Fermilab, Batavia, Illinois, USA
 
  Funding: This work is supported by the DOE contract No.DEAC02-07CH11359 to the Fermi Research Alliance LLC. A.H. is supported by the DOE under contract No. DE-SC0011831 with Northern Illinois University.
Flat beams can be produced via a linear manipulation of canonical angular momentum (CAM) dominated beams using a set of skew-quadrupole magnets. Recently such beams were produced at Fermilab Accelerator Science and Technology (FAST) facility. In this paper, we report the results of flat beam compression study in a magnetic chicane at an energy of E~32 MeV. Additionally, we investigate the effect of energy chirp in the round-to-flat beam transform. The experimental results are compared with numerical simulations.
 
DOI • reference for this paper ※ https://doi.org/10.18429/JACoW-IPAC2018-THPAK062  
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THPMF024 Commissioning and Operation of FAST Electron Linac at Fermilab 4096
 
  • A.L. Romanov, C.M. Baffes, D.R. Broemmelsiek, K. Carlson, D.J. Crawford, N. Eddy, D.R. Edstrom, E.R. Harms, J. Hurd, M.J. Kucera, J.R. Leibfritz, I.L. Rakhno, J. Reid, J. Ruan, J.K. Santucci, V.D. Shiltsev, G. Stancari, R.M. Thurman-Keup, A. Valishev, A. Warner
    Fermilab, Batavia, Illinois, USA
 
  We report results of the beam commissioning and first operation of the 1.3 GHz superconducting RF electron linear accelerator at Fermilab Accelerator Science and Technology (FAST) facility. Construction of the linac was completed and the machine was commissioned with beam in 2017. The maximum total beam energy of about 300 MeV was achieved with the record energy gain of 250 MeV in the ILC-type SRF cryomodule. The pho-toinjector was tuned to produce trains of 200 pC bunches with a frequency of 3 MHz at a repetition rate of 1 Hz. This report describes the aspects of machine commission-ing such as tuning of the SRF cryomodule and beam optics optimization. We also present highlights of an experimental program carried out parasitically during the two-month run, including studies of wake-fields, and advanced beam phase space manipulation.  
DOI • reference for this paper ※ https://doi.org/10.18429/JACoW-IPAC2018-THPMF024  
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THPMF025 Emittance Measurements at FAST Facility 4100
 
  • J. Ruan, D.R. Broemmelsiek, D.J. Crawford, A.L. Edelen, J.P. Edelen, D.R. Edstrom, A.H. Lumpkin, P. Piot, A.L. Romanov, R.M. Thurman-Keup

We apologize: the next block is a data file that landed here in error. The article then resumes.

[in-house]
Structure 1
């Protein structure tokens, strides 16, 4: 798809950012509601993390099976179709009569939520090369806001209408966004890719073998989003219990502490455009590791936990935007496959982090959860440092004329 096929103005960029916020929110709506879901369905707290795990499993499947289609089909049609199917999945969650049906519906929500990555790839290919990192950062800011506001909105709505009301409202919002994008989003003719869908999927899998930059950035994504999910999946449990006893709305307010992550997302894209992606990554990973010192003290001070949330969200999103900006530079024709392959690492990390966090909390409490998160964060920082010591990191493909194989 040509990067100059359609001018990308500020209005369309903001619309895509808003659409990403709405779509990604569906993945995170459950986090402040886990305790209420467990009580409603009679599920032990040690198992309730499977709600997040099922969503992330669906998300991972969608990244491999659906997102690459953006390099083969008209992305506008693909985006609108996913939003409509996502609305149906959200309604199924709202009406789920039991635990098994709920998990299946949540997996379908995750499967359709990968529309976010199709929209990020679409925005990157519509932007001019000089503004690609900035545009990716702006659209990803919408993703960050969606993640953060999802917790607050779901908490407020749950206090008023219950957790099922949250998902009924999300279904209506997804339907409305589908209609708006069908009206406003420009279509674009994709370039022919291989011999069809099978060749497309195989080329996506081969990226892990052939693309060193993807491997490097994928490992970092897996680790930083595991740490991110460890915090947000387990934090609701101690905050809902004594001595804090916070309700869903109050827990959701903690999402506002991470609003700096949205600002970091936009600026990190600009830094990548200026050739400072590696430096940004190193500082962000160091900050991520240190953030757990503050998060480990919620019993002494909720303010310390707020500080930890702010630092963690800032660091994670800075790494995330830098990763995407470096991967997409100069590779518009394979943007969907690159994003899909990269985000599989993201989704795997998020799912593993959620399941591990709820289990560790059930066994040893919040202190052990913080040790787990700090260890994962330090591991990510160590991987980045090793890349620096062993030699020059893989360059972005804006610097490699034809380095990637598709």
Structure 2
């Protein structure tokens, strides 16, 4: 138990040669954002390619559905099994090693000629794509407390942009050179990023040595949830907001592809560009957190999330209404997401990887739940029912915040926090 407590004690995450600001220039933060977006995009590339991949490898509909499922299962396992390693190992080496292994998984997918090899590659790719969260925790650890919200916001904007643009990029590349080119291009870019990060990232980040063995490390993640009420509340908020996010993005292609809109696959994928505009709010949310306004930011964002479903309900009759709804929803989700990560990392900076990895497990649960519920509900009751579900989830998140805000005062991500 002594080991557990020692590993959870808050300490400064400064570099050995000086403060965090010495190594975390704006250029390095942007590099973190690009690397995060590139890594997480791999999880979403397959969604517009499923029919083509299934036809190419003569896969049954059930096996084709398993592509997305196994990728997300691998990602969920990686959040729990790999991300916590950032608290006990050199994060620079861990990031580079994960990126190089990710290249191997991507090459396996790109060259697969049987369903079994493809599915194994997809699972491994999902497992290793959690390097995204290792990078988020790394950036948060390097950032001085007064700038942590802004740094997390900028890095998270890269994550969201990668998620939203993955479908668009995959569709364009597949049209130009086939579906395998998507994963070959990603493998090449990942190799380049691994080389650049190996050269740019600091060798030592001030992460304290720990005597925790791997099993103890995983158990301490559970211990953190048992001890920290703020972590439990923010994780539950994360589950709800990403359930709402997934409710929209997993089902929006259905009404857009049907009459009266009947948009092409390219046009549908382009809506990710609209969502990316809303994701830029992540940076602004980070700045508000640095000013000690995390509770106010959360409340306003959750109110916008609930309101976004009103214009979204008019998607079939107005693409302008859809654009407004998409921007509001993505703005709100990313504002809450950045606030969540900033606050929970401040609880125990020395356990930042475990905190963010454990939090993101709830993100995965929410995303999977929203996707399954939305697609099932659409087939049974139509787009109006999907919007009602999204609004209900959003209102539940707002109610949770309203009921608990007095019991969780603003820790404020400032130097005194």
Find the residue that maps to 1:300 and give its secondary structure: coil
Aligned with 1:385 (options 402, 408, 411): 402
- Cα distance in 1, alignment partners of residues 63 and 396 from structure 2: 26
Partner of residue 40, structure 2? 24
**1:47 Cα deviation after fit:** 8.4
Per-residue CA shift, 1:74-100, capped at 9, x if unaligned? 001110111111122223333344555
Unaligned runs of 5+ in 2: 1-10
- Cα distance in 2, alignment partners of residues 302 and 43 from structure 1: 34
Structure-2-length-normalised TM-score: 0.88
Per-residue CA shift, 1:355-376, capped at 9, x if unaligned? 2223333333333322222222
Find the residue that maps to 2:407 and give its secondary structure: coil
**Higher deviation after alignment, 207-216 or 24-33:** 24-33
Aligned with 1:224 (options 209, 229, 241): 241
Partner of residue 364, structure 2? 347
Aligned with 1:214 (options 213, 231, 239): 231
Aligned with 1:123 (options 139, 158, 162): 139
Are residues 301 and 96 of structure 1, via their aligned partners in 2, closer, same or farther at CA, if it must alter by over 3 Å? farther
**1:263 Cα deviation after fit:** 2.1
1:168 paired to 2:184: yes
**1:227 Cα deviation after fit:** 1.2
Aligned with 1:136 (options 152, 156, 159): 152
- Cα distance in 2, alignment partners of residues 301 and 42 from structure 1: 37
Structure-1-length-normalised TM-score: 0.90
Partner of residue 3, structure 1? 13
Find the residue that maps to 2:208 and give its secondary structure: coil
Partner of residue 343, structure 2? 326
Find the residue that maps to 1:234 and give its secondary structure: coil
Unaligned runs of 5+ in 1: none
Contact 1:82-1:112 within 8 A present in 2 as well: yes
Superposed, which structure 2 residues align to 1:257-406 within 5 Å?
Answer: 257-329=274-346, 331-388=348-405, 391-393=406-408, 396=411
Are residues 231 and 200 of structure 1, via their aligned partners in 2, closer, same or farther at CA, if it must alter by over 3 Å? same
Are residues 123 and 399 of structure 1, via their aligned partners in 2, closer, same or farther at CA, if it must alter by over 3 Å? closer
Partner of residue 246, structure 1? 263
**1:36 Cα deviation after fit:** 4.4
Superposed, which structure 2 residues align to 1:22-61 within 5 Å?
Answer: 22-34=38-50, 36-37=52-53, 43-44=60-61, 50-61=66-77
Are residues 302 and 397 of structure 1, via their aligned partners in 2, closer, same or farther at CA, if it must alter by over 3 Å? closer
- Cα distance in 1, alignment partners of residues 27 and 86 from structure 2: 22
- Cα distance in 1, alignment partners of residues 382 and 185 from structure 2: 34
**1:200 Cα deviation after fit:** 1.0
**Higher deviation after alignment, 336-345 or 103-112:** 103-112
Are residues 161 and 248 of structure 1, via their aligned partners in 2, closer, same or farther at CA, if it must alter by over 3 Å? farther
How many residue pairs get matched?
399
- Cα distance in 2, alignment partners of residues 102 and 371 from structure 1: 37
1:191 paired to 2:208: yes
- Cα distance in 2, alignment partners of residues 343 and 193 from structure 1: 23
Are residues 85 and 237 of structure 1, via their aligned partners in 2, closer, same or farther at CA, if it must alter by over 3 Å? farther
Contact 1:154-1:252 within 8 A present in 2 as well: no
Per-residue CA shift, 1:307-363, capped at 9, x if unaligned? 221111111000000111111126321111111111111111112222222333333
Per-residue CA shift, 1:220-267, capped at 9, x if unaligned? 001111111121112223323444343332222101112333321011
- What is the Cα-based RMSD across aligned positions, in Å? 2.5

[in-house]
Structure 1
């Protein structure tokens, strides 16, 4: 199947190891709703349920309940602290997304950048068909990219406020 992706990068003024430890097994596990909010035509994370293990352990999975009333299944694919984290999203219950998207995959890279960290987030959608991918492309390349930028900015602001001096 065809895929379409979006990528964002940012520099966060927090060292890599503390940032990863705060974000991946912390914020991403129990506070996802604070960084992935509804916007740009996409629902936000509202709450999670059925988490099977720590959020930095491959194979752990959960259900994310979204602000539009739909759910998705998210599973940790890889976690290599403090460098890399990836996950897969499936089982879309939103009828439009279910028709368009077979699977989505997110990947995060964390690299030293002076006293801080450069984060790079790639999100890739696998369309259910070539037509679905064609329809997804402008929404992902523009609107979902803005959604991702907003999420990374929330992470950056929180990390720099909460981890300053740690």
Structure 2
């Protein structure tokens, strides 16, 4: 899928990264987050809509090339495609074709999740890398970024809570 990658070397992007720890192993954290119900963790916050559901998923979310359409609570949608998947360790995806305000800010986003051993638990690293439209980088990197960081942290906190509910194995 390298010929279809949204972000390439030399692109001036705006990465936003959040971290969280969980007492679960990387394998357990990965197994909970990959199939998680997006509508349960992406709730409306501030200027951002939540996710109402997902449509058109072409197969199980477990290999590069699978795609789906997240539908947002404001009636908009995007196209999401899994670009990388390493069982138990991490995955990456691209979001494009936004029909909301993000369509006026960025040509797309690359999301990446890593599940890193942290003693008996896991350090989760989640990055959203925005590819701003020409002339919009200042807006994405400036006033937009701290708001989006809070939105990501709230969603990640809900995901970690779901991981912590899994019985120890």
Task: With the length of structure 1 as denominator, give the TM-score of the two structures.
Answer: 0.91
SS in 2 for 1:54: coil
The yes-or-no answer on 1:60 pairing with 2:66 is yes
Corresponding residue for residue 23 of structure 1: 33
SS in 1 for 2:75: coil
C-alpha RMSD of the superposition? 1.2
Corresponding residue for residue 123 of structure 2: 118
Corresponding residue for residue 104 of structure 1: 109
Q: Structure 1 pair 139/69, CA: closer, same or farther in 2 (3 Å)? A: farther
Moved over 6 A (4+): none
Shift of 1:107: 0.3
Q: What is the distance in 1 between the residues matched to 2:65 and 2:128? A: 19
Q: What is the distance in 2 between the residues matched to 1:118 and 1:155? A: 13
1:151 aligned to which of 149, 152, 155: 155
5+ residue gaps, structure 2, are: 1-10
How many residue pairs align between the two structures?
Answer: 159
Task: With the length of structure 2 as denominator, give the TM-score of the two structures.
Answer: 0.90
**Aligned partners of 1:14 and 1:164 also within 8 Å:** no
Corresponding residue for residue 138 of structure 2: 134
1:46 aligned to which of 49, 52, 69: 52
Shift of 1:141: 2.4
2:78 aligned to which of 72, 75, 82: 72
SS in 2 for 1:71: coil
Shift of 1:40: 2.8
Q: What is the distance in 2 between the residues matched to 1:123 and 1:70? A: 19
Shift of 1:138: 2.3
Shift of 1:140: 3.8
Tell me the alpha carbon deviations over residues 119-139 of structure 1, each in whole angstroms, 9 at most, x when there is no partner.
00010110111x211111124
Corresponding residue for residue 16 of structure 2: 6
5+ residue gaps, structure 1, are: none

Fermilab, Batavia, Illinois, USA
  • P. Piot
    Northern Illinois University, DeKalb, Illinois, USA
 
  Funding: *Operated by Fermi Research Alliance, LLC under Contract No. DE-AC02-07CH11359 with the United States Department of Energy.
The FAST facility at Fermilab recently been commissioned has demonstrated the generation of electron beam within a wide range of parameter (energy, charge) suitable for accelerator-science and beam-physics experiments. This accelerator consists of a photo-electron gun, injector, ILC-type cryomodules, and multiple downstream beam-lines. It will mainly serve as injector for the upcoming Integrable Optical Test Accelerator (IOTA). At the same time we will also carry out a LINAC based intense gamma ray experiment based on the Inverse Compton scattering. It is essential to understand the beam emittance for both experiments. A number of techniques are used to characaterizing the beam emittance including slit based method and quad scan method. An on-line emittance measurement based on multi-slit method is developed so the emittance measured will be immediately available to support further beam optimization. In this report we will present the results from the emittance studies using this tool. We will also present the emittance measurement based on quads scan technique for the high energy beam line.
 
DOI • reference for this paper ※ https://doi.org/10.18429/JACoW-IPAC2018-THPMF025  
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THPML063 Micro-Bunched Beam Production at FAST for Narrow Band THz Generation Using a Slit-Mask 4784
 
  • J. Hyun
    Sokendai, Ibaraki, Japan
  • D.J. Crawford, D.R. Edstrom, J. Ruan, J.K. Santucci, T. Sen, J.C.T. Thangaraj, R.M. Thurman-Keup
    Fermilab, Batavia, Illinois, USA
 
  We discuss simulations and experiments on creating micro-bunch beams for generating narrow band THz radiation at the Fermilab Accelerator Science and Technology (FAST) facility. The low-energy electron beamline at FAST consists of a photoinjector-based RF gun, two L-band superconducting accelerating cavities, a chicane, and a beam dump. The electron bunches are lengthened with cavity phases set off-crest for better longitudinal separation and then micro-bunched with a slit-mask installed in the chicane. We carried out the experiments with 30 MeV electron beams and detected signals of the micro-bunching using a skew quadrupole magnet in the chicane. In this paper, the details of micro-bunch beam production, the detection of micro-bunching and comparison with simulations are described.  
DOI • reference for this paper ※ https://doi.org/10.18429/JACoW-IPAC2018-THPML063